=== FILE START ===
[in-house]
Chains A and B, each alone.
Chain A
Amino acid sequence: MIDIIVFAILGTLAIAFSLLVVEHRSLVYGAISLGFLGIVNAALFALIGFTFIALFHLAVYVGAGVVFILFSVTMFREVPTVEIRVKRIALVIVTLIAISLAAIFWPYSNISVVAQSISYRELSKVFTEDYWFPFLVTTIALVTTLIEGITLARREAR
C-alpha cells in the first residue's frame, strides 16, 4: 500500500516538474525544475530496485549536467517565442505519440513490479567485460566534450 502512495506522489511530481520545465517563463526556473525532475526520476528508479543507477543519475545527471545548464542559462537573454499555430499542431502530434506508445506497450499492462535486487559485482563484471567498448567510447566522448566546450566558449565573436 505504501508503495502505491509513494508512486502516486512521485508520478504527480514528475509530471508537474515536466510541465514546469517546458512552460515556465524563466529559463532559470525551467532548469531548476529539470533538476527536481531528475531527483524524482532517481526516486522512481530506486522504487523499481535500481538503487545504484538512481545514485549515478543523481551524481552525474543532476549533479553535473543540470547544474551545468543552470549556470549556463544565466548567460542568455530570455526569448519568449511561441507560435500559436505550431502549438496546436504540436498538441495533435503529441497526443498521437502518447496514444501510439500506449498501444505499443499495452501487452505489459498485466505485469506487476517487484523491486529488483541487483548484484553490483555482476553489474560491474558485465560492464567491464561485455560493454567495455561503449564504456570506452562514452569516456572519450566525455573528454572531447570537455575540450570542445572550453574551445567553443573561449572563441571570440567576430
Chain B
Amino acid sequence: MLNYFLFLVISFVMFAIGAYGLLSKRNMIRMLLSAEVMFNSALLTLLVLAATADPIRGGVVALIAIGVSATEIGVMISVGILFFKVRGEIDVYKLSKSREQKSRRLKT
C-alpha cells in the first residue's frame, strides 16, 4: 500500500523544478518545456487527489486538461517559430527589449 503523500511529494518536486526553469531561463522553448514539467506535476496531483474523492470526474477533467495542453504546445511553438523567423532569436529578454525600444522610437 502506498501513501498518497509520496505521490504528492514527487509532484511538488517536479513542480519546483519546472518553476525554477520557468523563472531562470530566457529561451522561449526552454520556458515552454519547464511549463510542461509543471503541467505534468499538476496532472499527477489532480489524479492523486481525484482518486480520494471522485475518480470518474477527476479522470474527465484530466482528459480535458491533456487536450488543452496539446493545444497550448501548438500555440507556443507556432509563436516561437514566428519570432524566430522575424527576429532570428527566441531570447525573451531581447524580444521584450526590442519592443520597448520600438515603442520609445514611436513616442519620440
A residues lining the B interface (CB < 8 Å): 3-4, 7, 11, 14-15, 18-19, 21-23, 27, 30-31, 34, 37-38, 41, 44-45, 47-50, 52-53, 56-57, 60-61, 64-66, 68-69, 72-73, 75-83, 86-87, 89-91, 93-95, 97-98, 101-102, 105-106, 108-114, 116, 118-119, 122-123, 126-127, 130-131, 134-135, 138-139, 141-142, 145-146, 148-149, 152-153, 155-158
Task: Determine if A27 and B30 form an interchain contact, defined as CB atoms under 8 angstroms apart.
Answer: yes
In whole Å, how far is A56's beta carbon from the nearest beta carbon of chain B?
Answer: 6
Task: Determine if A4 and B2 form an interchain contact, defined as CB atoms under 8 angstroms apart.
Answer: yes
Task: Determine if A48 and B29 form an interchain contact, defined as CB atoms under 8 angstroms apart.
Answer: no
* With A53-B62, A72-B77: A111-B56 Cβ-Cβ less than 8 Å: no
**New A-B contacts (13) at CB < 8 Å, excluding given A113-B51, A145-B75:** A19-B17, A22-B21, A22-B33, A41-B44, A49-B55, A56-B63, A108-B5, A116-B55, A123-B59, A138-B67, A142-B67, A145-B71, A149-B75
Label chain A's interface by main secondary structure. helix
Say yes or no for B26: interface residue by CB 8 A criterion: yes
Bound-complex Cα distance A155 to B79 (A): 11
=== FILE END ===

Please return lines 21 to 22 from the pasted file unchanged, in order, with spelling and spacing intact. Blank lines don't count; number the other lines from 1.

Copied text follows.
Say yes or no for B26: interface residue by CB 8 A criterion: yes
Bound-complex Cα distance A155 to B79 (A): 11